To gather insights on the state of the Java ecosystem today for DZone's Java Ecosystem research guide to be published in September, we spoke with 15 executives who are familiar with the Java ecosystem.
Here’s who we talked to:
Joel Depernet, E.V.P. Global Research and Development, Axway | Sacha Labourey, CEO and Founder, CloudBees | Rick Reich, CEO, Development Heroes | Asad Ali, Principal Software Developer and Lisa Hamaker, Marketing Manager, Dynatrace | David Park, V.P. of Products, HackerRank | Charles Kendrick, Founder and CTO, Isomorphic Software | Wayne Citrin, CTO, JNBridge | Raymond Augé, Senior Software Architect, Liferay | Laura Kassovic, Founder, MbientLab | Cameron Wilby, Co-Founder, Origin Code Academy | James Faulkner, Technology Evangelist, Red Hat | Paul Trowe, CEO, Replay Games | Calvin French-Owen, CTO and Co-Founder, Segment
We asked our respondents, "What do developers need to keep in mind when working with Java?" Here's what they told us:
- Java has been around a long time. As you use different software patterns make sure you know how your code will impact production. Think about the bigger picture. If you’re providing APIs to other coders, keep contracts in place.
- Get a book on programming for limited memory devices. Learn how to push pixels on small devices. Once you learn to do that you can work on any device since they’re all larger and faster.
- Do not feel uncool using Java. If you learn Java, you have access to a vast, robust ecosystem.
- Always have a primary skill to ensure your stable employment. Look for a secondary skill, something you find fun that will provide you with “developer insurance.” Stay agile. Look for what you’ll need to be able to find a job. Learn how to think critically about problems.
- Keep in mind the tooling. It’s getting better but lags behind other platforms. I have high hopes for containerization. Cloud-based development tools will improve. They will be preconfigured to work making your job easier. Ensure tools are good.
- Developers need to remember that Java’s static-type checking is just another form of automated testing. Structuring code to allow more static-type checking needs to be weighed against other forms of automated testing. Specifically, we find that if a developer has spent too much time with Java to the exclusion of other languages, they tend to expend heroic efforts structuring code so that it’s possible for the Java compiler to check more error conditions. This effort is usually better spent on automated tests, which can catch a much wider range of error conditions.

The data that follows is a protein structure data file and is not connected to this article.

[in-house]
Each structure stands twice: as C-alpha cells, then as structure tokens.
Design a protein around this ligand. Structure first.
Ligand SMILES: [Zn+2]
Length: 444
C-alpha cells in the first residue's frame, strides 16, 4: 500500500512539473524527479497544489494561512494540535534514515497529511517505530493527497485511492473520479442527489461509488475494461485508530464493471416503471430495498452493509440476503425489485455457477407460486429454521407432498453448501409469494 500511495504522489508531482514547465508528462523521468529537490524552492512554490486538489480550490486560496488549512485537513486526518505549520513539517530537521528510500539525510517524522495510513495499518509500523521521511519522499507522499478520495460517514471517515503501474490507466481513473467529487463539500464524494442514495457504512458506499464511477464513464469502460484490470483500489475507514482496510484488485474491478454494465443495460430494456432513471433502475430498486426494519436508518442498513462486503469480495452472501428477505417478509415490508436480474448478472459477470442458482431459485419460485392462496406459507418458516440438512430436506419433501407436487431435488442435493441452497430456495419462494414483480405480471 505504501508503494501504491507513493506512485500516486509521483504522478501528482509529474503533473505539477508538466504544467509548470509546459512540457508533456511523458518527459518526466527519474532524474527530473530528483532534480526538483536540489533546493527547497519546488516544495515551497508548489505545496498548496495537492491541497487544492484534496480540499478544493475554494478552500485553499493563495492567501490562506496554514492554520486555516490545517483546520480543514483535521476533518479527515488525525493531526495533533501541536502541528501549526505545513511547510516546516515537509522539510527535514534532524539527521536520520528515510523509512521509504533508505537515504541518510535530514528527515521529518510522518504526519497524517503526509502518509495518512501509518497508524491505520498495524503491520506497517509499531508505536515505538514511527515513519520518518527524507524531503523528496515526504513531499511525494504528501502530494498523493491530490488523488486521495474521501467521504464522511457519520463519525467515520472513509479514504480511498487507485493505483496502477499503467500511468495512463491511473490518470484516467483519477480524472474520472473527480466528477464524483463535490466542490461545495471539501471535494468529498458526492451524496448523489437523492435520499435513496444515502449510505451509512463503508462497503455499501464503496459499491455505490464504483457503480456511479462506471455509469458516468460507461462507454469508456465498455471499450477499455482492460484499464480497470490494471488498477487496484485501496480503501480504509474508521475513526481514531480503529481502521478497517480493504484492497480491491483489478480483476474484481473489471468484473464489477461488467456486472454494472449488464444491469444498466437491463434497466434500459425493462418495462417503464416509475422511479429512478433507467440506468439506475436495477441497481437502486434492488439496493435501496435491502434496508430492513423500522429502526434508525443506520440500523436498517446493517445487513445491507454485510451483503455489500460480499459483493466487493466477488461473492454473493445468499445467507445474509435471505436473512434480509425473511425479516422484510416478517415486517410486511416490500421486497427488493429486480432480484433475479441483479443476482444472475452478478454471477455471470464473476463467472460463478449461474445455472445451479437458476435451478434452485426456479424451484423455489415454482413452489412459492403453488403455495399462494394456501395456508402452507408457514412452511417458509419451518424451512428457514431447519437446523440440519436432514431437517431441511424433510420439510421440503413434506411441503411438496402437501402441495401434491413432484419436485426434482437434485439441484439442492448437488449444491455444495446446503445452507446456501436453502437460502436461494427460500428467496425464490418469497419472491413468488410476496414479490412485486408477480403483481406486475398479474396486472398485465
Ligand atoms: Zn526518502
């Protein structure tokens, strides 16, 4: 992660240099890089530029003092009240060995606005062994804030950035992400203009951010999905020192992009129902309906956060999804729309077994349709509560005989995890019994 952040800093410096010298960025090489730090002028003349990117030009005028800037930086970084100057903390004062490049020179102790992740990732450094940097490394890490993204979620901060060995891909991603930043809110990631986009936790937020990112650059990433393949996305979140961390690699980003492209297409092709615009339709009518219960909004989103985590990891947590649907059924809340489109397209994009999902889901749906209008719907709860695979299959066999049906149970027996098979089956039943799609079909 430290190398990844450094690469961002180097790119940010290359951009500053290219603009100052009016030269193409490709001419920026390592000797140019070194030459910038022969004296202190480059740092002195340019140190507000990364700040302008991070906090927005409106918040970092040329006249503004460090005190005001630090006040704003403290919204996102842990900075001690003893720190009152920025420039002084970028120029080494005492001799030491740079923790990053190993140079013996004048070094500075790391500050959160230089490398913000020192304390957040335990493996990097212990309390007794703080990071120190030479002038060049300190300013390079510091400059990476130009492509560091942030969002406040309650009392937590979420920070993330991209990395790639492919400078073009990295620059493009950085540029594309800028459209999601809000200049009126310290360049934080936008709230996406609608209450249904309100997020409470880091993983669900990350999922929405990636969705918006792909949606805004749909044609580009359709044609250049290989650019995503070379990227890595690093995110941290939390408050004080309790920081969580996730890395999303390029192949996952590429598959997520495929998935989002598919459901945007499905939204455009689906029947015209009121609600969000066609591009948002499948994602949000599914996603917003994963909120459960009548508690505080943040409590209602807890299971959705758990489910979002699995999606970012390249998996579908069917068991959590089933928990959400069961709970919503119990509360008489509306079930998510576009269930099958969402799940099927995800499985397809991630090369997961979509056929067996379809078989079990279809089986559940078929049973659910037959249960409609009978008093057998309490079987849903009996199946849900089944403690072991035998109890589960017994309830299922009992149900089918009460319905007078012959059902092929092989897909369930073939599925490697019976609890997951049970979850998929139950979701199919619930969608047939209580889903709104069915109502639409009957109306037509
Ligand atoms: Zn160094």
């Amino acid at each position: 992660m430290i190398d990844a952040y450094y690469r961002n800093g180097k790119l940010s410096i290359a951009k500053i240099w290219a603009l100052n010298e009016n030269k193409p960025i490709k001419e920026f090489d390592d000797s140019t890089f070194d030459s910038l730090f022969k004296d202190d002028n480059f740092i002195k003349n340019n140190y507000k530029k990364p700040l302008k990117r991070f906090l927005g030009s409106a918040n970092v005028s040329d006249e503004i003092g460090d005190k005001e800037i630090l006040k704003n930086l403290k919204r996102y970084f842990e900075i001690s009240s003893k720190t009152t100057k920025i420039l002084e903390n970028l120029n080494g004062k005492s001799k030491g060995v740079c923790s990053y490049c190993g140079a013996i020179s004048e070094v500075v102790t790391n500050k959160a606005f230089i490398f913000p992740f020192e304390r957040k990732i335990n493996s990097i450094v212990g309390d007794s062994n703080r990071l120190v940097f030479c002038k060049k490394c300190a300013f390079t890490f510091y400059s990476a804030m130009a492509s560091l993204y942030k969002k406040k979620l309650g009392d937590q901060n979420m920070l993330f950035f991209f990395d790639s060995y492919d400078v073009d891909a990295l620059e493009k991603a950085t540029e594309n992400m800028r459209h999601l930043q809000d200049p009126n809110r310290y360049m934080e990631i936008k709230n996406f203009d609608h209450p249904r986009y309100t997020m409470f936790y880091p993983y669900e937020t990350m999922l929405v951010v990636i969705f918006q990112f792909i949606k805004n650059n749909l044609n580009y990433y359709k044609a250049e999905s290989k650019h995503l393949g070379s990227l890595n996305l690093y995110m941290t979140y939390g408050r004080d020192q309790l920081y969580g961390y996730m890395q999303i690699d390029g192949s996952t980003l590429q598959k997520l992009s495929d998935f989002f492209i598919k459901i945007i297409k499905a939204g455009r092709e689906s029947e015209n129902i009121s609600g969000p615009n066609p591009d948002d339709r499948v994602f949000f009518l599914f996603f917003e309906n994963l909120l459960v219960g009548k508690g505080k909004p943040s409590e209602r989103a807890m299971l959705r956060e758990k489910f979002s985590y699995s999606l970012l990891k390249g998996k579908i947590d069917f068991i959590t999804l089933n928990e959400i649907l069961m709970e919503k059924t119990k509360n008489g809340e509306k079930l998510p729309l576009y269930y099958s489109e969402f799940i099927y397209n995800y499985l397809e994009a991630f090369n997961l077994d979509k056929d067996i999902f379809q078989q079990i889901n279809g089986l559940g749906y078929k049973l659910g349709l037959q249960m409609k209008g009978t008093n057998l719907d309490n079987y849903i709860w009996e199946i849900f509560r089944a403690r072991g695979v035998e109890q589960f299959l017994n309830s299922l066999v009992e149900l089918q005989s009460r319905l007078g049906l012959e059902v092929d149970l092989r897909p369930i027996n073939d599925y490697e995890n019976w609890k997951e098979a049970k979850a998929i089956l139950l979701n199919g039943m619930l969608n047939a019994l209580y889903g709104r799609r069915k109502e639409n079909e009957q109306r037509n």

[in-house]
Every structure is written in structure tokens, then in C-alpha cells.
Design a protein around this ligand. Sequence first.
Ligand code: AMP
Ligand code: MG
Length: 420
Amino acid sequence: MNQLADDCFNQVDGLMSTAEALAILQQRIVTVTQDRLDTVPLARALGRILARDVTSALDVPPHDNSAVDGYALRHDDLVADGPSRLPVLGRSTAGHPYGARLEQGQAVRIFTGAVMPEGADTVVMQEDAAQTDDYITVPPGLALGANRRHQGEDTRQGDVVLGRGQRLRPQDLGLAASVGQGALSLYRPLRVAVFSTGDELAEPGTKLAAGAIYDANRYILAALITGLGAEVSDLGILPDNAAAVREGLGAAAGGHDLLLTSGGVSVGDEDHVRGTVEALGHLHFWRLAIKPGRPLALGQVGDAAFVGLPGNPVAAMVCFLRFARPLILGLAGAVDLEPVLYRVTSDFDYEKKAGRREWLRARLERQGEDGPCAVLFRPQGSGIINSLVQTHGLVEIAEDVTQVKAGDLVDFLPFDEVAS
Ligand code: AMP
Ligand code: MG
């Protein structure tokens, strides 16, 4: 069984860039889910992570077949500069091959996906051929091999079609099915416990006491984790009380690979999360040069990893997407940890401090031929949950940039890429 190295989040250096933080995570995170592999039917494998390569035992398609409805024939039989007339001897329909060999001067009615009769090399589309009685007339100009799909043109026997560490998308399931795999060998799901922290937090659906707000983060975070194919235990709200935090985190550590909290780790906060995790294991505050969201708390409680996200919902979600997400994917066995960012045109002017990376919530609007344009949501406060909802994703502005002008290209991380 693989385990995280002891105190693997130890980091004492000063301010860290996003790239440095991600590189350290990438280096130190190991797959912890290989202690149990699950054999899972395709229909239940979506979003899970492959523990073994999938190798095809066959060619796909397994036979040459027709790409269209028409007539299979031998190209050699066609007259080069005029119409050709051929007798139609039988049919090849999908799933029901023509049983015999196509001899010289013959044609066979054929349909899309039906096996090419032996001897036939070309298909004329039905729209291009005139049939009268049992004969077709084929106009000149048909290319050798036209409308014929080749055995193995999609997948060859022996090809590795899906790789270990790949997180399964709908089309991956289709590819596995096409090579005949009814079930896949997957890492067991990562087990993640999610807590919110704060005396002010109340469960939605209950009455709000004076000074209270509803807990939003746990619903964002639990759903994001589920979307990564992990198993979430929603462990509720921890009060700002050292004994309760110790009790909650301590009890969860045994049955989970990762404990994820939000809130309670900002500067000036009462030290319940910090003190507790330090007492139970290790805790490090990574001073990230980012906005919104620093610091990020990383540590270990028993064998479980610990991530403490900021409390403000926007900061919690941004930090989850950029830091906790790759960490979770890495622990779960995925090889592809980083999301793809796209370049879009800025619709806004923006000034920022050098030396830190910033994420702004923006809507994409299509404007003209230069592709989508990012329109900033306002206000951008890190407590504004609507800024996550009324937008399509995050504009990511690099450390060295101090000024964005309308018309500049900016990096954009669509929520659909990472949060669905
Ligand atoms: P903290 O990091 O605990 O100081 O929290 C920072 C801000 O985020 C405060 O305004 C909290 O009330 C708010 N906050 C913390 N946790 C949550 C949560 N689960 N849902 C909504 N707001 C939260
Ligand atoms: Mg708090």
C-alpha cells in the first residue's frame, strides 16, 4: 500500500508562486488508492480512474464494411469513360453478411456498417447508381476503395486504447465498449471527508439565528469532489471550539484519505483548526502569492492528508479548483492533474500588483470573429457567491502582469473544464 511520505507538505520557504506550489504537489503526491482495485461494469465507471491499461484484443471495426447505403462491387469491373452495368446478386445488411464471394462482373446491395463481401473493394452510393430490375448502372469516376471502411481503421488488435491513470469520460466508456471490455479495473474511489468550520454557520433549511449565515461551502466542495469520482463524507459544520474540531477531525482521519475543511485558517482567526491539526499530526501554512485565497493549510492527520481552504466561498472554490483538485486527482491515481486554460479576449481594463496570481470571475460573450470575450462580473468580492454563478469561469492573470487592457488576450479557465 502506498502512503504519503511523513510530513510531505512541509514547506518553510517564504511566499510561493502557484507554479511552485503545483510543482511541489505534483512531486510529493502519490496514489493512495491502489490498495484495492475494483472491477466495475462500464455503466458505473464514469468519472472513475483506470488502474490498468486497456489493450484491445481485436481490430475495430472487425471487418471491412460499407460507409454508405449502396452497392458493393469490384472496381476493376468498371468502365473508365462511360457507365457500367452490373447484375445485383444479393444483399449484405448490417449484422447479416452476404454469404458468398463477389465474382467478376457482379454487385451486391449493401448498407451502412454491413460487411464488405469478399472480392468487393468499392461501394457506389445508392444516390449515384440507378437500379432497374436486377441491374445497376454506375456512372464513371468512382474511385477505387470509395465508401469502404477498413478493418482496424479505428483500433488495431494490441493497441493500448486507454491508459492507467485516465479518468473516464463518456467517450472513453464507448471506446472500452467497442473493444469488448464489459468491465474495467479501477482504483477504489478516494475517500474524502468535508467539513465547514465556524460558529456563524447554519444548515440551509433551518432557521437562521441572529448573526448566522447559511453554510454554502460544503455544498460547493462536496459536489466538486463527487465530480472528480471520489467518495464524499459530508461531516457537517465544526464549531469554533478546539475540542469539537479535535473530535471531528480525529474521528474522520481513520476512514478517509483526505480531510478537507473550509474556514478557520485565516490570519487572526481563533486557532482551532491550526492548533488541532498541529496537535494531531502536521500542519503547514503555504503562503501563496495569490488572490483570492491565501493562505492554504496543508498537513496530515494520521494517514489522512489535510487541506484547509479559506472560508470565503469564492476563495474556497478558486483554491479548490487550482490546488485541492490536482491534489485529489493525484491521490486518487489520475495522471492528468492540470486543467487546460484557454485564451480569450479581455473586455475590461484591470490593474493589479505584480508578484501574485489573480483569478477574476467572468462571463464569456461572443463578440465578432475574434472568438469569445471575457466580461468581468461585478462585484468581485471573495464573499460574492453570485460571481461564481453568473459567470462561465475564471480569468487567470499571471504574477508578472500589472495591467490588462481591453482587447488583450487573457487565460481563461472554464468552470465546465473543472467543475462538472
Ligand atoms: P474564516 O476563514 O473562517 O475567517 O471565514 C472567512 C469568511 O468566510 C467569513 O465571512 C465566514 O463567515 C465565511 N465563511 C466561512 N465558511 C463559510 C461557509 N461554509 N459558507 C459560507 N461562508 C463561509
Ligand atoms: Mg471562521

- Java is not necessarily the best solution for all applications. For example, the JVM will always consume more memory than an equivalent C program, scientific computing and numerical analysis is typically handled with Python, and C# has constructs for asynchronous programming built into the language.
- Java has a very mature standards library. Detailed structure is already implemented. Learn to appreciate the tools that are available and leverage the hell out of them.
- Try to understand some domain of software very well – I’m partial to Java. There is less opportunity for advancement if you’re too much of a generalist. You need to know the fundamentals. Don’t avoid a language because it’s too time consuming to learn. The more you know about how a software works behind the scenes, the more valuable you become. Knowing the principles of how something works is fundamental. Keep learning.
- Full knowledge of Java is a good basic skill to have. It’s a key investment for developers. Know the libraries but be sure to choose the best solution for the problem you are trying to solve being aware of the vagaries of similar libraries (i.e. some have security patches, others do not).
- Companies are looking for the smartest engineers. They are less concerned with knowledge of a particular language. People who have strong coding skills, know the fundamentals of computer science, as well as real world application. Know how to program for the Java application server and how to make API calls. Know core computer science and algorithms. Companies are looking for developer with strong fundamentals. Practice core algorithms and data structures to become familiar with the concepts.
- Learn from the experts. Don’t reinvent the wheel. You learn the hard way in school. Look for simpler ways in the ecosystem. Get involved with Open Source. Start small with a one-line bug fix and move up.
What advice do you have for developers when working with Java?